He certainly shut that child up.
This isn’t me.
Like the first game, the second game was a close run affair all the way through. At an unofficial count, at no point in regulation did either team open up more than a 6 point lead, that coming when Toronto took a 44-38 lead late in the second quarter. It was at that point that I made a financial wager on the outcome of the result, betting an undisclosed amount that the Nets would come back and win. (I waited until we were losing before betting on them, thus getting a better price. That’s how confident I am in my beloved Nets.)
Truth be known, the financial aspect of the game added to my personal enjoyment of the game. But by reinforcing my support of the Nets for one weekend only, it only added to what came next.
Unlike the first game, the second game never got blown open. The second game, to be frank, was fan-bloody-tastic.
Maybe it wasn’t the highest standard of game, particularly defensively. Many of the most dramatic plays were due to mistakes or bad decisions, rather than precision execution. But it’s probably not possible for 63 minutes, 273 points, 116 rebounds, 61 assists and 19 blocks to be boring. The standard of play used to get those numbers was not important. To us in the crowd, the standard of drama was all that mattered. To everyone except Julian Wright, the tension was palpable.
The Nets eventually won the game, but the real winner was the sport of basketball itself.
There have been plenty of exciting games in the course of this season and any season. Even ones that go triple OT and are decided by one point in three hours are not unprecedented, however rare they are. Yet on this night, there was an added caveat that took it to another level.
By being a neutral court venue, we naturally had a lot of neutral fans. Corporate people bought tickets for the tax write-off, and either never turned up or never cared what happened. The Official Groupie Section came for the air time and a nice post-game liedown. Robert Horry came because he was paid to. But the rest of us were there for the sport.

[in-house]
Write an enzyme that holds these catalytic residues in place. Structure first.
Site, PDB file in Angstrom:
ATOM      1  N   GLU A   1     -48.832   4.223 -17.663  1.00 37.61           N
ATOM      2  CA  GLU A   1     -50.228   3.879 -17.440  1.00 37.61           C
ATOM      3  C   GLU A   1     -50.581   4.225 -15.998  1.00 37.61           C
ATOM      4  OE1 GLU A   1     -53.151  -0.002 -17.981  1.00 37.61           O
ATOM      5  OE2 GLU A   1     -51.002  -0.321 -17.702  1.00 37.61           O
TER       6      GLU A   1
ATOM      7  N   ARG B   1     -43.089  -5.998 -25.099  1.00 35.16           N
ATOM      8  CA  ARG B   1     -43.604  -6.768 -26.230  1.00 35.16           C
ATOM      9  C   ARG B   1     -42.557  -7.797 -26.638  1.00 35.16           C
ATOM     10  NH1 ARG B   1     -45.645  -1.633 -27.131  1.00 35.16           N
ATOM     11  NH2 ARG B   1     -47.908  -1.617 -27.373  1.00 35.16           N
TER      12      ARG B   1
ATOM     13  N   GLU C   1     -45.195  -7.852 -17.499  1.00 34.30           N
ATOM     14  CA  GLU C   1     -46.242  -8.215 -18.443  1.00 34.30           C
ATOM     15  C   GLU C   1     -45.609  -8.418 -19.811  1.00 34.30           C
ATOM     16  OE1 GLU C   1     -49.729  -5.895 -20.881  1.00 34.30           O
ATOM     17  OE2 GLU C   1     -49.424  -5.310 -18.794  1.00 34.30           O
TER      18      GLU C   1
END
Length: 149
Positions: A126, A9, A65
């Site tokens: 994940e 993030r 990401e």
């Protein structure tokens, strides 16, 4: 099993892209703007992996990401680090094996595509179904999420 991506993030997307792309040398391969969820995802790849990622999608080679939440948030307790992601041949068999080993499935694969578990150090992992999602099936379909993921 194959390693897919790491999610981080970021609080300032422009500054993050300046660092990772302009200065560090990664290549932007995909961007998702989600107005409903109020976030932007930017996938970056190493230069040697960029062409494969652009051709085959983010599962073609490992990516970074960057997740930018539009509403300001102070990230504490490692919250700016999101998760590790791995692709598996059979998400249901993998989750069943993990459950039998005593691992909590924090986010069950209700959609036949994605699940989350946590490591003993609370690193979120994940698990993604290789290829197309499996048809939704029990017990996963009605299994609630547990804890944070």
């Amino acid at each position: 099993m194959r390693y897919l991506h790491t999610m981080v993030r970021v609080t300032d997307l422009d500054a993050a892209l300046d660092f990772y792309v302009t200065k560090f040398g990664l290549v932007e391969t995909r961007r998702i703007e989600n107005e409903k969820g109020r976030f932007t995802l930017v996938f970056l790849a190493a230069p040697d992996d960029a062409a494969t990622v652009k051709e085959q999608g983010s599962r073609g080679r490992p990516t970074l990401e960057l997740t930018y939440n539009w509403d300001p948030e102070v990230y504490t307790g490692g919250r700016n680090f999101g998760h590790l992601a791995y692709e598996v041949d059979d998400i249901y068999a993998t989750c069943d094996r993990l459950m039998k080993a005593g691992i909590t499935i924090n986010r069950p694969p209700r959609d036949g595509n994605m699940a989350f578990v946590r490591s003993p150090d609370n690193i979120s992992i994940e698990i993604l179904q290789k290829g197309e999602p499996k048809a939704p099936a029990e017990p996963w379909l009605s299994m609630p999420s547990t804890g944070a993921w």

We weren’t necessarily there for the Raptors or Nets, though. Whilst Toronto had the bigger fan base of the two, it was not a partisan Raptors crowd by any stretch. This was not a Bulls/Jazz situation. There were a lot of neutrals there, including myself as a Chicago fan, and the girl to my right, who said she was “rooting for the players” (which sounded rather noble).
But in the light of what transpired on the court, this could not sustain. By the end of us, most of us were rooting for someone. Even the girl was eventually brow-beaten into being a Raptors fan, waggling my finger in support.
Imagine, if you will, a tense, important game with important ramifications for your entire season. Maybe it’s a win-and-you’re-in affair, or maybe it’s an elimination game. Maybe you just really want to stick it to a rival on a national spotlight, such as was the case with the recent Bulls/Heat game. Doesn’t matter specifically. Just imagine the platform. Add to that high scoring, triple overtime, trading basket for basket, neither team being able to close out the other, both teams improbably fighting their way back into the game.
Now imagine that the hysteria from such a home crowd extended to both teams, that both teams were at home, that the fans were pulling for both teams in equal measure.
That was us. The context wasn’t the same, but the end result was.